B.C. Court of Appeal Justice Elizabeth Bennett ruled last Friday, June 30 that Tallio’s appeal of his second-degree murder charge will proceed.
Friday’s decision, which legal observers are already calling “historic,” allows the appeal to proceed. The ruling hinged on the issue of DNA evidence, with the judge saying new testing had the potential to either exonerate Tallio or conclusively re-affirm he was guilty.
If Tallio’s appeal were to be successful, it would make Canadian legal history as the longest prison sentence served by someone found to be wrongly convicted.
Phillip James Tallio was arrested and charged in 1983 with the murder of a 22-month-old girl on a First Nations reserve near Bella Coola. Tallio, who was 17 at the time, initially pleaded not guilty to first-degree murder, but nine days into a jury trial he pleaded guilty to second-degree murder, which brought a sentence of life in prison with no parole eligibility for 10 years.
Tallio’s lawyers argued Monday in support of his application to withdraw his guilty plea 33 years after sentencing. Much of Monday’s hearing pertained to DNA evidence.
Tallio’s appeal effort, eight years in the making, was initiated by the University of B.C.’s Innocence Project at the Allard School of Law. Tallio’s is the first file from the Project, now in its 10th year, to make its way into court.
For the past eight years, lawyers have been working to mount an appeal for Tallio, but he first needed permission of the court to bring an appeal more than 30 years past the deadline to file an appeal. Tallio had 30 days from the time he was sentenced to file a notice of appeal.
Bennet also lifted a decades long publication ban in the appeal in response to an application by Postmedia and the APTN challenging the ban, citing that although it is painful for the families involved, the release of the information is in the public interest.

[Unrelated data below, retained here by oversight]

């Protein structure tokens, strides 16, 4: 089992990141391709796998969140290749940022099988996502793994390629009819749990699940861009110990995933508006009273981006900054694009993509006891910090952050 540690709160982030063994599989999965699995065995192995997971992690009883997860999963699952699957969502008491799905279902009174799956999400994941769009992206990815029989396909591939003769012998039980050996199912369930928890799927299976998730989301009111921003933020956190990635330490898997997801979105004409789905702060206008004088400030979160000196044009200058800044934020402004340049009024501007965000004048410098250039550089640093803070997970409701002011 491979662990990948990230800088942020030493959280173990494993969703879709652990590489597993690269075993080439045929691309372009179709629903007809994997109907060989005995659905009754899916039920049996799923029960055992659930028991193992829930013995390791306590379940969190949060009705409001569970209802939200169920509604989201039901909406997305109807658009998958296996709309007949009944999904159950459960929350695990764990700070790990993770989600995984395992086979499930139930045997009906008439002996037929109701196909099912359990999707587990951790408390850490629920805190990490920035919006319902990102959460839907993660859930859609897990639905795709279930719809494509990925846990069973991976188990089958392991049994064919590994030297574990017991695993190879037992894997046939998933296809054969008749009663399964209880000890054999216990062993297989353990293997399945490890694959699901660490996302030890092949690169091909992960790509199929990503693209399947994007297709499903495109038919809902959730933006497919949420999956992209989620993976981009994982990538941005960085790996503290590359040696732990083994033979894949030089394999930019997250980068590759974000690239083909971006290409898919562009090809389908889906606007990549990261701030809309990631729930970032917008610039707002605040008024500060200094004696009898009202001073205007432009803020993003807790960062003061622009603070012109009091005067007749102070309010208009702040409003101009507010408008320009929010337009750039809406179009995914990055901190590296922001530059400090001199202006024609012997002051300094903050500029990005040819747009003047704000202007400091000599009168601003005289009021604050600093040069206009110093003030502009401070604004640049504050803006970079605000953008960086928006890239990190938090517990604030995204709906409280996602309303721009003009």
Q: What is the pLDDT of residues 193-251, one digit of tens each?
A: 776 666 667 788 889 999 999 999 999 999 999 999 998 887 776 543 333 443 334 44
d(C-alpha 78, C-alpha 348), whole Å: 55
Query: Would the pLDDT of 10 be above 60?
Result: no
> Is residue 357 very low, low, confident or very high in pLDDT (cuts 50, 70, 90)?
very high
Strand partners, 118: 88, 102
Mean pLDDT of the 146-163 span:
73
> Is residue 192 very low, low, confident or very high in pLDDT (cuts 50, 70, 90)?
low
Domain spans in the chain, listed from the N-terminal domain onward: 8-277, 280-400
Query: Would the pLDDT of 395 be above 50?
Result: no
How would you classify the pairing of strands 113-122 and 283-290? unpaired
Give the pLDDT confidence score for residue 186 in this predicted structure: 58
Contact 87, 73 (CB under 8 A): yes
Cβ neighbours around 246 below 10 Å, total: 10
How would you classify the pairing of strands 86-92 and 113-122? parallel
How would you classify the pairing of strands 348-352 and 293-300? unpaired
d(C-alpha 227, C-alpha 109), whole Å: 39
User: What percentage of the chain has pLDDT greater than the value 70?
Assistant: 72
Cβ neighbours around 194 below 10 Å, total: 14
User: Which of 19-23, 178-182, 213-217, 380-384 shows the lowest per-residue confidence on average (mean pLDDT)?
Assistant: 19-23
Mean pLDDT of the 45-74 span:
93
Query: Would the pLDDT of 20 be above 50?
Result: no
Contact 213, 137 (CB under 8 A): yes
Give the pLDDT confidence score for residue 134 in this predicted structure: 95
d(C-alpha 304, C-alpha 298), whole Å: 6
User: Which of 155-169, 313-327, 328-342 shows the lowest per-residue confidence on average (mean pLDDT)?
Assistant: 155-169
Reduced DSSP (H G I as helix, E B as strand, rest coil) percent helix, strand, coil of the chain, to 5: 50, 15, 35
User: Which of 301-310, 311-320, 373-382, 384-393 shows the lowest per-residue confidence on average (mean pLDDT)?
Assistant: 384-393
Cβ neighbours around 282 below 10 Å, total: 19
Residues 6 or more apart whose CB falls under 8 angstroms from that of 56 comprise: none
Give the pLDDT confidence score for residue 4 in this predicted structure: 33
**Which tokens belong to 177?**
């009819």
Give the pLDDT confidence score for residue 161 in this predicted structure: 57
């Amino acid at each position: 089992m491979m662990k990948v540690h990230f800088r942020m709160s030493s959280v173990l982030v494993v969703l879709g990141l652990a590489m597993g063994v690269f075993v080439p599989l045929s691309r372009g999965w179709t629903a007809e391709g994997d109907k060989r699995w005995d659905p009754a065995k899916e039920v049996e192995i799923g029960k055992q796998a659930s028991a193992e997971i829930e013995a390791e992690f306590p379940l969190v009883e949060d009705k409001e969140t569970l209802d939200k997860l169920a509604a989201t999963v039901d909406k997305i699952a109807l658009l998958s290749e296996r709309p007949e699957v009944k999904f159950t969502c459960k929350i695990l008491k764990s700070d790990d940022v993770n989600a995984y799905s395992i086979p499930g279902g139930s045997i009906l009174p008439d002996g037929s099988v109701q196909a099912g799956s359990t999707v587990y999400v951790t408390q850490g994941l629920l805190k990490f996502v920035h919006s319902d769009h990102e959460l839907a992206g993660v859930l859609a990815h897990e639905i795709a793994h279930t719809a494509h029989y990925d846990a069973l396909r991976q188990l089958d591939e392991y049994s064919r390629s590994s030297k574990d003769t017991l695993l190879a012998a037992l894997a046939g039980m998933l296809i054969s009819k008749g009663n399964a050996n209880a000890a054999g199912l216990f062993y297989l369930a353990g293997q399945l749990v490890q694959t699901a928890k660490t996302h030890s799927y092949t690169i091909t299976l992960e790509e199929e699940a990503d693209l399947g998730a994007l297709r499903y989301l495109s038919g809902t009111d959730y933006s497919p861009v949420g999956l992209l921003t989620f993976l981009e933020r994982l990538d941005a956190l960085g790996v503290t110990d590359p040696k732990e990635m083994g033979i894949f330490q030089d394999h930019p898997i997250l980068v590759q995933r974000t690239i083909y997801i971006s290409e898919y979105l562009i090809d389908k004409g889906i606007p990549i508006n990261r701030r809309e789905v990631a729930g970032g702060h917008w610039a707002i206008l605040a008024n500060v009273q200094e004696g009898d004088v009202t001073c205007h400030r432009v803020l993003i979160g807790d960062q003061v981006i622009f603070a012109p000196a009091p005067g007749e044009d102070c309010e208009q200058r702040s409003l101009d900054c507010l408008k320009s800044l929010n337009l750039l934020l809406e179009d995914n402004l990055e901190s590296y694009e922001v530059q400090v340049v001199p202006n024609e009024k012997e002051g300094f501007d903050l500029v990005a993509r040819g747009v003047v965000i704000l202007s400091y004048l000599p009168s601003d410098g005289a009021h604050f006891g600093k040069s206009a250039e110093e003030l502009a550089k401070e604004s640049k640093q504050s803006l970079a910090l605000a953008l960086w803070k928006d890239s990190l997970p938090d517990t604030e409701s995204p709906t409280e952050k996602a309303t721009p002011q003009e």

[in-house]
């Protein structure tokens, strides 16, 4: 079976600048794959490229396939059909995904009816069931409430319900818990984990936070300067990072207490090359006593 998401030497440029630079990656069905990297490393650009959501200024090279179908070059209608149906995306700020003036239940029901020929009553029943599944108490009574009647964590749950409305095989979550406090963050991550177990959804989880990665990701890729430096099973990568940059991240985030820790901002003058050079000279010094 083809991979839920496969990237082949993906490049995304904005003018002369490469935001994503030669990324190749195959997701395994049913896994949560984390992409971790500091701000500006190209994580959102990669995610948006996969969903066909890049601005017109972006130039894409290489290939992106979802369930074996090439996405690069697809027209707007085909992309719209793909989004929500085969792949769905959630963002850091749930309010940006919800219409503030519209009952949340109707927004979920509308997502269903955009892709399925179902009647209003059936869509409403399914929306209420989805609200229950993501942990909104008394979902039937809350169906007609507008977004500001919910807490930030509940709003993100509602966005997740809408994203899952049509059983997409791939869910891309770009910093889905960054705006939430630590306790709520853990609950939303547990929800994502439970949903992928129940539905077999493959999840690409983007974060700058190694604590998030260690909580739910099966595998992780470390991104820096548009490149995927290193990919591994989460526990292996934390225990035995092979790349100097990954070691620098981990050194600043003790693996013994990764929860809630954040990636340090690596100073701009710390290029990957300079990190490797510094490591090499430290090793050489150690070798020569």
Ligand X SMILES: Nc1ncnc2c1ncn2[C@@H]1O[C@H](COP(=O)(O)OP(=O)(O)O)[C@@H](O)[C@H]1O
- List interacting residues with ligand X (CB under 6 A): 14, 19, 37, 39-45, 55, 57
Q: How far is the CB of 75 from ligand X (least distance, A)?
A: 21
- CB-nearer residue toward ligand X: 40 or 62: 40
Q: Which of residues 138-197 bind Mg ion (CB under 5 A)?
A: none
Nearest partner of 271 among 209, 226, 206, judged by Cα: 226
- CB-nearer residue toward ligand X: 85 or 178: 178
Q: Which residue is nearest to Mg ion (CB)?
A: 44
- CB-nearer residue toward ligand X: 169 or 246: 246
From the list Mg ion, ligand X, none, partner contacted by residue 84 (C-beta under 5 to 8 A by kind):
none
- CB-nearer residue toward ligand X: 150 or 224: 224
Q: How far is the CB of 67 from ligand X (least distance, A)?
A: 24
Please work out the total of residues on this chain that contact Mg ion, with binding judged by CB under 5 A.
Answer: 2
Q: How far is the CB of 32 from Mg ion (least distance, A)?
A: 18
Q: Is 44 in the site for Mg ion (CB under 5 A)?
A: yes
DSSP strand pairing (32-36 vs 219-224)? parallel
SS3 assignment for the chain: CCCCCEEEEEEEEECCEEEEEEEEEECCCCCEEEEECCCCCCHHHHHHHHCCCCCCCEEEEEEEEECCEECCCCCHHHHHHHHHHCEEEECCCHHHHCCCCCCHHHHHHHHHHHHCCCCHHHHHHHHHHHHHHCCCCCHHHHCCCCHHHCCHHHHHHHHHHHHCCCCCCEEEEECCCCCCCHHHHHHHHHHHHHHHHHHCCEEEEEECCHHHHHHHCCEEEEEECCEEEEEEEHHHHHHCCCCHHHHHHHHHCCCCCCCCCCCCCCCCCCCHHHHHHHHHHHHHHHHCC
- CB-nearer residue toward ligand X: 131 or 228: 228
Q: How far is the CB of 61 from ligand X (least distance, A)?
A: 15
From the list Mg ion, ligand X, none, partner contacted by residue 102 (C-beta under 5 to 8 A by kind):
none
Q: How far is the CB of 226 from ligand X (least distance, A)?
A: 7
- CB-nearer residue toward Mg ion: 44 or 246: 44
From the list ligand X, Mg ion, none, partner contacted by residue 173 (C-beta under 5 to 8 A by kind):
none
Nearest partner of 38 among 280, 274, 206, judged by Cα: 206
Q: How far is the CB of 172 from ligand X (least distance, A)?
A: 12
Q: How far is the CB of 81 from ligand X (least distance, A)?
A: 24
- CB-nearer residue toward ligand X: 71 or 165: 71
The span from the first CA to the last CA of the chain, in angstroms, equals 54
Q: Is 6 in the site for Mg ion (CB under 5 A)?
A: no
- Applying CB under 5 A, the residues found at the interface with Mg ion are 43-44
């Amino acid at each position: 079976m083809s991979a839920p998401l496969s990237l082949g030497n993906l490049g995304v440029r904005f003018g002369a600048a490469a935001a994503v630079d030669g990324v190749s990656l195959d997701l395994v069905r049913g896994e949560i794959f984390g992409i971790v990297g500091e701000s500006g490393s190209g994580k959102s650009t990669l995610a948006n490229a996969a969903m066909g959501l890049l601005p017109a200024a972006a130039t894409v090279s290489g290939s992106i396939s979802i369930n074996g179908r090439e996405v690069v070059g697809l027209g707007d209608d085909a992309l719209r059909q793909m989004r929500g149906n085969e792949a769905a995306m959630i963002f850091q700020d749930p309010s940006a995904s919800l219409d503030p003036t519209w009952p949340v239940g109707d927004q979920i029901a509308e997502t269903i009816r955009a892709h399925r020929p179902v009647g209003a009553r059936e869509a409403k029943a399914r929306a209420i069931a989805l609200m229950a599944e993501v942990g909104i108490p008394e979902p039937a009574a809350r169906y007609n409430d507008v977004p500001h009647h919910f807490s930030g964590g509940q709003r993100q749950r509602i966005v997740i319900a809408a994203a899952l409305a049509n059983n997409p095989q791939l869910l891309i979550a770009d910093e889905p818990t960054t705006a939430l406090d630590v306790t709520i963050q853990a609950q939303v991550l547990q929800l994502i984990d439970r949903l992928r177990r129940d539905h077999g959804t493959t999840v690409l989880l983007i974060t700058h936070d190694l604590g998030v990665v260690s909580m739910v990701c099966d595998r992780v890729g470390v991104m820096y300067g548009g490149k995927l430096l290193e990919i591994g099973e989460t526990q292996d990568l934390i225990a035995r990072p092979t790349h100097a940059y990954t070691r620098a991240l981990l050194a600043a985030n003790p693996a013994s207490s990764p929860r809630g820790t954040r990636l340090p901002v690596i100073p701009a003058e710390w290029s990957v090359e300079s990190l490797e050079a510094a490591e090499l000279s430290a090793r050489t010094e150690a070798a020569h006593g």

She lifted much of the ban that had been in place since last March and noted that “media is relied upon to bring information about the court’s proceedings to the public.”
In her ruling, the judge also spoke to the concerns of the victim’s parents, but ultimately declined to grant the publication ban they sought.
“I understand, as best I can, how deeply these proceedings must hurt them. However, this case has significant public interest given that there is an allegation of a wrongful conviction,” she said in her ruling.
“In my view, the interests of justice demand that Mr. Tallio be permitted to bring his application for further DNA testing and to go forward with this appeal generally,” Bennett said in granting the filing extension. “I am satisfied there is ample evidence to demonstrate that the issue of DNA testing is a viable ground for appeal.”
Tallio’s family was on hand as the judge delivered her ruling.
“I feel awesome, I feel so relieved,” said his daughter, Honey Hood. “I know it’s only the first step, but it’s the biggest step. Now my dad will get what he deserves, 34 years later.”
“I will be able to get to know my father, and he will get to know his grandchildren, my children, who he’s never met,” Hood said hopefully, adding she wanted to get home to hug her children.
With files from Postmedia